Because CO2 lasers operate in the infrared, special materials are necessary for their construction. Typically, the mirrors are made of coated silicon, molybdenum, or gold, while windows and lenses are made of either germanium or zinc selenide. For high power applications, gold mirrors and zinc selenide windows and lenses are preferred. Historically, lenses and windows were made out of salt (either sodium chloride or potassium chloride). While the material was inexpensive, the lenses and windows degraded slowly with exposure to atmospheric moisture.

The most basic form of a CO2 laser consists of a gas discharge (with a mix close to that specified above) with a total reflector at one end, and an output coupler (usually a semi-reflective coated zinc selenide mirror) at the output end. The reflectivity of the output coupler is typically around 5-15%. The laser output may also be edge-coupled in higher power systems to reduce optical heating problems.

The CO2 laser can be constructed to have CW powers between milliwatts (mW) and hundreds of kilowatts (kW).[2] It is also very easy to actively Q-switch a CO2 laser by means of a rotating mirror or an electro-optic switch, giving rise to Q-switched peak powers up to gigawatts (GW) of peak power[3].

Because the laser transitions are actually on vibration-rotation bands of a linear triatomic molecule, the rotational structure of the P and R bands can be selected by a tuning element in the laser cavity. Because transmissive materials in the infrared are rather lossy, the frequency tuning element is almost always a diffraction grating. By rotating the diffraction grating, a particular rotational line of the vibrational transition can be selected. The finest frequency selection may also be obtained through the use of an etalon. In practice, together with isotopic substitution, this means that a continuous comb of frequencies separated by around 1 cm-1 (30 GHz) can be used that extend from 880 to 1090 cm-1. Such "line-tuneable" carbon dioxide lasers are principally of interest in research applications.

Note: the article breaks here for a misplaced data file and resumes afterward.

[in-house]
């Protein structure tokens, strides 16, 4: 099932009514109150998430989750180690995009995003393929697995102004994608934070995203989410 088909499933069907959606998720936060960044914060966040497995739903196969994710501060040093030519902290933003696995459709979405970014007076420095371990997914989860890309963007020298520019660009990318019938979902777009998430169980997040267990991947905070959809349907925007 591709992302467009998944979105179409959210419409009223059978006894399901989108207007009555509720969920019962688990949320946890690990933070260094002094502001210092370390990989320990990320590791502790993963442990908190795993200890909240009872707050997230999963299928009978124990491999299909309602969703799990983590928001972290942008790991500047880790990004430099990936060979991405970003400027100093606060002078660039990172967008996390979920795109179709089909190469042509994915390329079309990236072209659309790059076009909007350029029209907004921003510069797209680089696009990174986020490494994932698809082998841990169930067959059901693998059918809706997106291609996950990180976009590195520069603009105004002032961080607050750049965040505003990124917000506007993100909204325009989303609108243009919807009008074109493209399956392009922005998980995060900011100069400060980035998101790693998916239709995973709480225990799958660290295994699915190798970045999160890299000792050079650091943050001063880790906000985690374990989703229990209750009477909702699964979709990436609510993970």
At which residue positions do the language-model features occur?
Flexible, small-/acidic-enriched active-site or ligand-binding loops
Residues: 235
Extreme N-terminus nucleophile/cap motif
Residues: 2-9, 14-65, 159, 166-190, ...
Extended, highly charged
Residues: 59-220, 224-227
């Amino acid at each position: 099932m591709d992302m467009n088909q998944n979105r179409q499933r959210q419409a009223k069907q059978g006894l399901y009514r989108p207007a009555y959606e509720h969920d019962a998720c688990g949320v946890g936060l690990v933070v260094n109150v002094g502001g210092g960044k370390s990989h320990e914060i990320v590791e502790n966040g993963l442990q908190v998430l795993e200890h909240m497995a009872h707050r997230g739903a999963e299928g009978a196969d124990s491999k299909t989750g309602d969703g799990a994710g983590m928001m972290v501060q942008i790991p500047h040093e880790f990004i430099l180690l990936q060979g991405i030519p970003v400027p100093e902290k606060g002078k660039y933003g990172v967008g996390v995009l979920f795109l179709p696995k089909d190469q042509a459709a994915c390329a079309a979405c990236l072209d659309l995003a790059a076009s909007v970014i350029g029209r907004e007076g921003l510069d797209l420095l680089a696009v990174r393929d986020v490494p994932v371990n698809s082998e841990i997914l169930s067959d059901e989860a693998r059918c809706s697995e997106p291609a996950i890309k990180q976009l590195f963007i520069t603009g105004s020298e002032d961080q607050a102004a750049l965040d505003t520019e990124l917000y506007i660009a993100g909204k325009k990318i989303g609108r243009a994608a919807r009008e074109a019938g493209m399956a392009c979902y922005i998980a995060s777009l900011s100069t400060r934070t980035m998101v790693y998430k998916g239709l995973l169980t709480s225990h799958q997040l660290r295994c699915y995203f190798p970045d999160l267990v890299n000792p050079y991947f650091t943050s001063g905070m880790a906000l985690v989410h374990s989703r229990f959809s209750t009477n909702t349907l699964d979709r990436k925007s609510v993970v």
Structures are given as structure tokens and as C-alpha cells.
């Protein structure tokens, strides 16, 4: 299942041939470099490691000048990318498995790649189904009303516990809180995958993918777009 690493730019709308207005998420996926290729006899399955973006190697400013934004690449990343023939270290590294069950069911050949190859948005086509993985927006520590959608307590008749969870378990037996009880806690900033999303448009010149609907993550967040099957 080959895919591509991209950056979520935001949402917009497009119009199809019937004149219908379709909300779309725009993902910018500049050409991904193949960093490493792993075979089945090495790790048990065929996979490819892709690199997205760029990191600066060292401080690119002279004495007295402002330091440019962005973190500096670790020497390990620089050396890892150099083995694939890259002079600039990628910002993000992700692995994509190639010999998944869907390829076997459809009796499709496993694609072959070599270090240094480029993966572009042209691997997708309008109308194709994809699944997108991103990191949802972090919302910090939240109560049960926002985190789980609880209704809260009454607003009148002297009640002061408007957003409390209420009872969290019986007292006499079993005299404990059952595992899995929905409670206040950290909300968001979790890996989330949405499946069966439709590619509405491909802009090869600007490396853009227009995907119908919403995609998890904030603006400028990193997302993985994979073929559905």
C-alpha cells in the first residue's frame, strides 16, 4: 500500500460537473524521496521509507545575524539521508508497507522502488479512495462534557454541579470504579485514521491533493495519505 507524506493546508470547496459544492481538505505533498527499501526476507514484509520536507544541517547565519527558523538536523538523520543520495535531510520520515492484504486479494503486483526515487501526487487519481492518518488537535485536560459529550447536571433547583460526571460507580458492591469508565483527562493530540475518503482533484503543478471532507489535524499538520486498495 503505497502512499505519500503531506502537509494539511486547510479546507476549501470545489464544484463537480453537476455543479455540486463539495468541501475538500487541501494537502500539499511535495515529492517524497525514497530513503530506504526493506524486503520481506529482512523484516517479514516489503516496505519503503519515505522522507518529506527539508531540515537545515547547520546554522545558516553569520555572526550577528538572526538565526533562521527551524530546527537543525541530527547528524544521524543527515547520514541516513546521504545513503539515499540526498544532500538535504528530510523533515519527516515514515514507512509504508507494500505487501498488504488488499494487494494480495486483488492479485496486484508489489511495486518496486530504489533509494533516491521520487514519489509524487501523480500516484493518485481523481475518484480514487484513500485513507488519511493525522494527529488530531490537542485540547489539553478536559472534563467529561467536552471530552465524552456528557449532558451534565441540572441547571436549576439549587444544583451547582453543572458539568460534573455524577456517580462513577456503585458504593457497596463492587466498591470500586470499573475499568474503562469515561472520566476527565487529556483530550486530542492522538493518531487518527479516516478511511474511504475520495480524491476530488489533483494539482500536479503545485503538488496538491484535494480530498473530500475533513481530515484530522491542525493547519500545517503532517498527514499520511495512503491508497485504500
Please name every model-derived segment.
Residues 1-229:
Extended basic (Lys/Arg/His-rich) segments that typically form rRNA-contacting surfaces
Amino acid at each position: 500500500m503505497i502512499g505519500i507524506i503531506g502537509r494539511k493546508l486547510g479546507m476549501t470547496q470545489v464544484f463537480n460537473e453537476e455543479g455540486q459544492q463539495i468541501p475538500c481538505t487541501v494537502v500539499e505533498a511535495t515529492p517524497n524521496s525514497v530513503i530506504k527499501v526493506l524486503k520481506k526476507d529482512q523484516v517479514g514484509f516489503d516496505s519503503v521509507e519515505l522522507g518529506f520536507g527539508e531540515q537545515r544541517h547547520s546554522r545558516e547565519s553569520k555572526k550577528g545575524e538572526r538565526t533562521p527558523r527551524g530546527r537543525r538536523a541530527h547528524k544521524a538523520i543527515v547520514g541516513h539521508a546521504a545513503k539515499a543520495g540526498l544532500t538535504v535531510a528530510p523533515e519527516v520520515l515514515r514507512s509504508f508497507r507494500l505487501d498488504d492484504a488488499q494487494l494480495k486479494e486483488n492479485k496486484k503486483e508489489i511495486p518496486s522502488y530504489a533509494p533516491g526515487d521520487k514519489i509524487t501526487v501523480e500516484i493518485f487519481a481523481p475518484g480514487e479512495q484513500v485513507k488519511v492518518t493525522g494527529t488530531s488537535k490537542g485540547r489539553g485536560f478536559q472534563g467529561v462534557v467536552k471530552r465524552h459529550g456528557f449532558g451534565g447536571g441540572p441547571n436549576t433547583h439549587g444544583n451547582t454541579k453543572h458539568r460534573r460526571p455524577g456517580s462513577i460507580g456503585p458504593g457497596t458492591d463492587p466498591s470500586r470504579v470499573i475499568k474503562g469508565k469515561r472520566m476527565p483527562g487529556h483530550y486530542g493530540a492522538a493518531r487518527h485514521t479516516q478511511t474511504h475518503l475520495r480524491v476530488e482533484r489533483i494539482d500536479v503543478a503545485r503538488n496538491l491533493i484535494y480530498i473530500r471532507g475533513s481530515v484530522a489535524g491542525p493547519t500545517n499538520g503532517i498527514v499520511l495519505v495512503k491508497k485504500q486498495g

Because of the high power levels available (combined with reasonable cost for the laser), CO2 lasers are frequently used in industrial applications for cutting and welding, while lower power level lasers are used for engraving. They are also very useful in surgical procedures because water (which makes up most biological tissue) absorbs this frequency of light very well. Some examples of medical uses are laser surgery, skin resurfacing ("laser facelifts") (which essentially consist of burning the skin to promote collagen formation), and dermabrasion. Also, it could be used to treat certain skin conditions such as hirsuties papillaris genitalis by removing embarrassing or annoying bumps, podules, etc.

Because the atmosphere is quite transparent to infrared light, CO2 lasers are also used for military rangefinding using LIDAR techniques.

See also


  1. Patel, C. K. N. (1964). "Continuous-Wave Laser Action on Vibrational-Rotational Transitions of CO2". Physical Review. 136 (5A): A1187–A1193. doi:10.1103/PhysRev.136.A1187.
  2. Air Force Research Lab's 150 kW CO2 Laser
  3. Brookhaven National Lab's Carbon Dioxide Amplifier

External links

ca:Làser de diòxid de carboni de:Kohlendioxidlaser hr:CO2 laser nl:Koolstofdioxidelaser it:Laser ad anidride carbonica

Template:WikiDoc Sources